Panessa-Warren, B J; Kraner, H W; Jones, K W; Weiss, L S

1980-02-01

372

The fluorescence-dominated X-ray spectrum of the spiral galaxy NGC 6552  

NASA Technical Reports Server (NTRS)

A hard X-ray source with a 2-10 keV flux of approximately 6 x 10(exp -13) ergs/sec/sq cm was detected with ASCA in the north ecliptic pole region. It is identified with the spiral galaxy NGC 6552 at a redshift of z = 0.026, which is optically classified as a Seyfert 2 galaxy. The X-ray spectrum consists of a series of atomic K-emission lines from (nearly-) neutral species of at least seven abundant elements, and a heavily absorbed (N(sub H) approx. = 6 x 10(exp 23)/sq cm) hard continuum. The iron line has an equivalent width as large as approximately 0.9 keV. Our results show that NGC 6552 is an extreme type 2 Seyfert galaxy, in which the fluorescent lines are produced when hard X-rays from a hidden active nucleus are reflected off thick cool matter into our line of sight. The intrinsic 2-10 keV luminosity of the nucleus is estimated to be at least 6 x 10(exp 42) ergs/s.

Fukazawa, Yasushi; Makishima, Kazuo; Ebisawa, Ken; Fabian, Andrew C.; Gendreau, Keith C.; Ikebe, Yasushi; Iwasawa, Kazushi; Kii, Tsuneo; Mushotzky, Richard F.; Ohashi, Takaya

1994-01-01

373

Trace element abundance determinations by Synchrotron X Ray Fluorescence (SXRF) on returned comet nucleus mineral grains  

NASA Technical Reports Server (NTRS)

Trace element analyses were performed on bulk cosmic dust particles by Proton Induced X Ray Emission (PIXE) and Synchrotron X Ray Fluorescence (SXRF). When present at or near chondritic abundances the trace elements K, Ti, Cr, Mn, Cu, Zn, Ga, Ge, Se, and Br are presently detectable by SXRF in particles of 20 micron diameter. Improvements to the SXRF analysis facility at the National Synchrotron Light Source presently underway should increase the range of detectable elements and permit the analysis of smaller samples. In addition the Advanced Photon Source will be commissioned at Argonne National Laboratory in 1995. This 7 to 8 GeV positron storage ring, specifically designed for high-energy undulator and wiggler insertion devices, will be an ideal source for an x ray microprobe with one micron spatial resolution and better than 100 ppb elemental sensitivity for most elements. Thus trace element analysis of individual micron-sized grains should be possible by the time of the comet nucleus sample return mission.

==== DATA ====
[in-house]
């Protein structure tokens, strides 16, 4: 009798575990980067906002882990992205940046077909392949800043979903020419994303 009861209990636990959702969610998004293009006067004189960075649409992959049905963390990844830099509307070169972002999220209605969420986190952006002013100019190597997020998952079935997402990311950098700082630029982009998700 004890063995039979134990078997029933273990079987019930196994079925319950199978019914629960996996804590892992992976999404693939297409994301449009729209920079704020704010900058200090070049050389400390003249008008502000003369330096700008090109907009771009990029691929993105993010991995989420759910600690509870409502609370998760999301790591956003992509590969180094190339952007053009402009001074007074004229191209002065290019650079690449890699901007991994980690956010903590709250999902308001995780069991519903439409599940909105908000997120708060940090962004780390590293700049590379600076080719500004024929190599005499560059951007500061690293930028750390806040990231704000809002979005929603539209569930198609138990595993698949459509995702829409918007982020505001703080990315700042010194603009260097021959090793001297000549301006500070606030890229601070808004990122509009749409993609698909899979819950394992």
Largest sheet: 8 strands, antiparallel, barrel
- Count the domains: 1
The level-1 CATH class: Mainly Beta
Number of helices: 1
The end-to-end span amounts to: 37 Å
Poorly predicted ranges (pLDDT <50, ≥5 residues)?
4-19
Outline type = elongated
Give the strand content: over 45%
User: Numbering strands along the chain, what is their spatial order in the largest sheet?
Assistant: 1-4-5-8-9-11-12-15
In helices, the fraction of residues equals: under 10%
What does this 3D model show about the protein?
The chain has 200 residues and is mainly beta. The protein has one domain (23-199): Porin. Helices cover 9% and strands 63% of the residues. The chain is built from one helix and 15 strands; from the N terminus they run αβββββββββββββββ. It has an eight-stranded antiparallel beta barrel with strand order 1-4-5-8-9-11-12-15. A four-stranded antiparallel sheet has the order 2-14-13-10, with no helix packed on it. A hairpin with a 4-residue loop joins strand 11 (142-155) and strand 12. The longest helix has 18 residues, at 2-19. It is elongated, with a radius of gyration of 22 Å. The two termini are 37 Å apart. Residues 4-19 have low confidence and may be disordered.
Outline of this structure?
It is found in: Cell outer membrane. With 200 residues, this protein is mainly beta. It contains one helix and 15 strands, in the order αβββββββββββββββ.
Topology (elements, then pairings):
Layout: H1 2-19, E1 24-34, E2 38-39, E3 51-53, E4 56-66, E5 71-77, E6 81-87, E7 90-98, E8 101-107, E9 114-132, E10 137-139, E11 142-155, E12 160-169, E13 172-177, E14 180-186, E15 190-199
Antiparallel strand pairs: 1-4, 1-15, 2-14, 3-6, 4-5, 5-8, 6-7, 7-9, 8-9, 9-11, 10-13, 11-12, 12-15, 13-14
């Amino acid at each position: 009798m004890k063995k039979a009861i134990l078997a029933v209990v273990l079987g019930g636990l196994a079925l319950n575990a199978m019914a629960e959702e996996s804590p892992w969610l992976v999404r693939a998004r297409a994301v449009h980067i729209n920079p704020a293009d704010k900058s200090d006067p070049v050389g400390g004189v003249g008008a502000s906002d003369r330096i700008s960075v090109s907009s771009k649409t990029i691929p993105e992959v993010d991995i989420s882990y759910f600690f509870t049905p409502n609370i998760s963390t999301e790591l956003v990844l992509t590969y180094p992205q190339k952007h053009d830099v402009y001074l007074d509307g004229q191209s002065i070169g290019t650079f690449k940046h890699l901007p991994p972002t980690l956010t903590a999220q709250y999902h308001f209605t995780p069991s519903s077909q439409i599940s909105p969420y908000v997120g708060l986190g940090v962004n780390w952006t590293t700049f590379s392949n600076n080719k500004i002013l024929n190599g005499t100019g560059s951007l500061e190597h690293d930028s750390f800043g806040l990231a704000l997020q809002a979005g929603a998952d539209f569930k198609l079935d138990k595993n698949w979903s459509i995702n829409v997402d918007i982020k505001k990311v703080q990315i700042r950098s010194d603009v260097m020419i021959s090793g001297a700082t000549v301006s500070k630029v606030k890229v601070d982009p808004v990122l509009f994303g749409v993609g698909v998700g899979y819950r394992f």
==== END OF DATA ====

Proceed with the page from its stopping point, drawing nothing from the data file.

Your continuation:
Flynn, G. J.; Sutton, S. R.

1989-01-01

374

X-ray fluorescence analysis of iron and manganese distribution in primary dopaminergic neurons  

PubMed Central

Transition metals have been suggested to play a pivotal role in the pathogenesis of Parkinson's disease. X-ray microscopy combined with a cryogenic setup is a powerful method for elemental imaging in low concentrations and high resolution in intact cells, eliminating the need for fixation and sectioning of the specimen. Here, we performed an elemental distribution analysis in cultured primary midbrain neurons with a step size in the order of 300 nm and ? 0.1 ppm sensitivity under cryo conditions by using X-ray fluorescence microscopy. We report the elemental mappings on the subcellular level in primary mouse dopaminergic (DAergic) and non-DAergic neurons after treatment with transition metals. Application of Fe2+ resulted in largely extracellular accumulation of iron without preference for the neuronal transmitter subtype. A quantification of different Fe oxidation states was performed using X-ray absorption near edge structure analysis. After treatment with Mn2+, a cytoplasmic/paranuclear localization of Mn was observed preferentially in DAergic neurons, while no prominent signal was detectable after Mn3+ treatment. Immunocytochemical analysis correlated the preferential Mn uptake to increased expression of voltage-gated calcium channels in DAergic neurons. We discuss the implications of this differential elemental distribution for the selective vulnerability of DAergic neurons and Parkinson's disease pathogenesis.

Ducic, Tanja; Barski, Elisabeth; Salome, Murielle; Koch, Jan C; Bahr, Mathias; Lingor, Paul

2013-01-01

375

Maia X-ray fluorescence imaging: Capturing detail in complex natural samples  

NASA Astrophysics Data System (ADS)

Motivated by the challenge of capturing complex hierarchical chemical detail in natural material from a wide range of applications, the Maia detector array and integrated realtime processor have been developed to acquire X-ray fluorescence images using X-ray Fluorescence Microscopy (XFM). Maia has been deployed initially at the XFM beamline at the Australian Synchrotron and more recently, demonstrating improvements in energy resolution, at the P06 beamline at Petra III in Germany. Maia captures fine detail in element images beyond 100 M pixels. It combines a large solid-angle annular energy-dispersive 384 detector array, stage encoder and flux counter inputs and dedicated FPGA-based real-time event processor with embedded spectral deconvolution. This enables high definition imaging and enhanced trace element sensitivity to capture complex trace element textures and place them in a detailed spatial context. Maia hardware and software methods provide per pixel correction for dwell, beam flux variation, dead-time and pileup, as well as off-line parallel processing for enhanced throughput. Methods have been developed for real-time display of deconvoluted SXRF element images, depth mapping of rare particles and the acquisition of 3D datasets for fluorescence tomography and XANES imaging using a spectral deconvolution method that tracks beam energy variation.